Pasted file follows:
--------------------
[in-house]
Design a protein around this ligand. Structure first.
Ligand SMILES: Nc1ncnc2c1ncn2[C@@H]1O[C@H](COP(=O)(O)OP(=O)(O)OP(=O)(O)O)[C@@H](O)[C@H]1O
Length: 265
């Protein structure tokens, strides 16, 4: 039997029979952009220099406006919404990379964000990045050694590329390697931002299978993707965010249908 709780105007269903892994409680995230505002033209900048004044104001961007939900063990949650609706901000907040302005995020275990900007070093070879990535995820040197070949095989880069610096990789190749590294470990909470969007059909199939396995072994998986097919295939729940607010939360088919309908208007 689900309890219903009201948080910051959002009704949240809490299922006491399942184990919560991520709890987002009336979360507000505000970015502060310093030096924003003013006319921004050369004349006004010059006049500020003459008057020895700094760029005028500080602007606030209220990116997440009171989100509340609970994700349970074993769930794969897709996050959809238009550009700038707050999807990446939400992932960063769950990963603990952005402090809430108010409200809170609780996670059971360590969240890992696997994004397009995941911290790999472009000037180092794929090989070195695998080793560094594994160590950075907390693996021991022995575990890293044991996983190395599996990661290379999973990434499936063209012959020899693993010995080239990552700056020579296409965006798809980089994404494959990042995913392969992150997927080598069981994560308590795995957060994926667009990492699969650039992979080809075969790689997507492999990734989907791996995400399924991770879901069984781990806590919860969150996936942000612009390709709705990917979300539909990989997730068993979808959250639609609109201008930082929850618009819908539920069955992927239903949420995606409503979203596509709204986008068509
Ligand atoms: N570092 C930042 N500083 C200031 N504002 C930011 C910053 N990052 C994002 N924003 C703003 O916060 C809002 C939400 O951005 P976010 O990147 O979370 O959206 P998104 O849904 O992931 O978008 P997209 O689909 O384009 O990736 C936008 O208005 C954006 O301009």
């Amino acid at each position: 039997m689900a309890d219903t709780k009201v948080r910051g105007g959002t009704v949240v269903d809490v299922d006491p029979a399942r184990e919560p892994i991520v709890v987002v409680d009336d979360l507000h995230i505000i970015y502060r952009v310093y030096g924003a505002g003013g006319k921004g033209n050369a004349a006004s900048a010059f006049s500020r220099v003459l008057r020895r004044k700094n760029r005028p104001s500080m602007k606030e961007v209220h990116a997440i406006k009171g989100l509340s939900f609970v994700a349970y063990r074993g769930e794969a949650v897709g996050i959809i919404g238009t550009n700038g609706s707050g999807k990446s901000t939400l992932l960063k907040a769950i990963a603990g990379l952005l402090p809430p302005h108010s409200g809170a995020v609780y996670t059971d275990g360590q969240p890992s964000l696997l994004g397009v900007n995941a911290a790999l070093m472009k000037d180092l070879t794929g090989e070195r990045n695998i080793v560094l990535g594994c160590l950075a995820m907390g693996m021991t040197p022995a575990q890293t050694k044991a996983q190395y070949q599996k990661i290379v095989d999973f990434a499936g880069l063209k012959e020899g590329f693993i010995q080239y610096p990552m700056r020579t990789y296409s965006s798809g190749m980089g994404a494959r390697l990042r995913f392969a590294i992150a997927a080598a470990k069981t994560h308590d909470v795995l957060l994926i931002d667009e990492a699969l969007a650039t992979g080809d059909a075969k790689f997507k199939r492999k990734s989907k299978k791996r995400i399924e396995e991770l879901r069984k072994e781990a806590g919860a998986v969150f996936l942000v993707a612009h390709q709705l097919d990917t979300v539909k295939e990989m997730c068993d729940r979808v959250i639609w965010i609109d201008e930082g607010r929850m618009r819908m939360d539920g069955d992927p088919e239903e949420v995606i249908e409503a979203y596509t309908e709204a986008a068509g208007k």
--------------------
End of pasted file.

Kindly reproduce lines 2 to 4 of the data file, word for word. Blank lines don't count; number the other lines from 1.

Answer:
Design a protein around this ligand. Structure first.
Ligand SMILES: Nc1ncnc2c1ncn2[C@@H]1O[C@H](COP(=O)(O)OP(=O)(O)OP(=O)(O)O)[C@@H](O)[C@H]1O
Length: 265